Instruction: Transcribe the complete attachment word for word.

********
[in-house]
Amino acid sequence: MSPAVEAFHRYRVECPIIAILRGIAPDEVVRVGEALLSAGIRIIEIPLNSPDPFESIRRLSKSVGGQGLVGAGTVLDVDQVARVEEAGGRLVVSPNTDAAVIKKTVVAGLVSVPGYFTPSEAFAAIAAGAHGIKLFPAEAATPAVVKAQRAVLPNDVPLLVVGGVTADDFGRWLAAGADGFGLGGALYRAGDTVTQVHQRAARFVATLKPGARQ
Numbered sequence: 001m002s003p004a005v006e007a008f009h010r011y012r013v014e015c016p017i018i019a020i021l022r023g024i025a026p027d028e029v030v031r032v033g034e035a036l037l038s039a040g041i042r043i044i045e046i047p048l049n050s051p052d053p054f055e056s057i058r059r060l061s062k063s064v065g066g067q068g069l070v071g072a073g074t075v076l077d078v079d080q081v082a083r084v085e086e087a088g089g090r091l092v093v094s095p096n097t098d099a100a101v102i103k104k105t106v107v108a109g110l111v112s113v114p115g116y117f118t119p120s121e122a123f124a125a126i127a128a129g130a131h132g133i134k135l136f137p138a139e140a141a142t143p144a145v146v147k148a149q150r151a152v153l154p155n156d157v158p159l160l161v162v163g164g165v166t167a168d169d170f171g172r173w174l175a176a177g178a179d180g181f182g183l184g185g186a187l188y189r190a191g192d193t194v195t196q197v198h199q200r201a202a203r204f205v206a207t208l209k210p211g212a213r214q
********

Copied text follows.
[in-house]
Amino acid sequence: MSPAVEAFHRYRVECPIIAILRGIAPDEVVRVGEALLSAGIRIIEIPLNSPDPFESIRRLSKSVGGQGLVGAGTVLDVDQVARVEEAGGRLVVSPNTDAAVIKKTVVAGLVSVPGYFTPSEAFAAIAAGAHGIKLFPAEAATPAVVKAQRAVLPNDVPLLVVGGVTADDFGRWLAAGADGFGLGGALYRAGDTVTQVHQRAARFVATLKPGARQ
Numbered sequence: 001m002s003p004a005v006e007a008f009h010r011y012r013v014e015c016p017i018i019a020i021l022r023g024i025a026p027d028e029v030v031r032v033g034e035a036l037l038s039a040g041i042r043i044i045e046i047p048l049n050s051p052d053p054f055e056s057i058r059r060l061s062k063s064v065g066g067q068g069l070v071g072a073g074t075v076l077d078v079d080q081v082a083r084v085e086e087a088g089g090r091l092v093v094s095p096n097t098d099a100a101v102i103k104k105t106v107v108a109g110l111v112s113v114p115g116y117f118t119p120s121e122a123f124a125a126i127a128a129g130a131h132g133i134k135l136f137p138a139e140a141a142t143p144a145v146v147k148a149q150r151a152v153l154p155n156d157v158p159l160l161v162v163g164g165v166t167a168d169d170f171g172r173w174l175a176a177g178a179d180g181f182g183l184g185g186a187l188y189r190a191g192d193t194v195t196q197v198h199q200r201a202a203r204f205v206a207t208l209k210p211g212a213r214q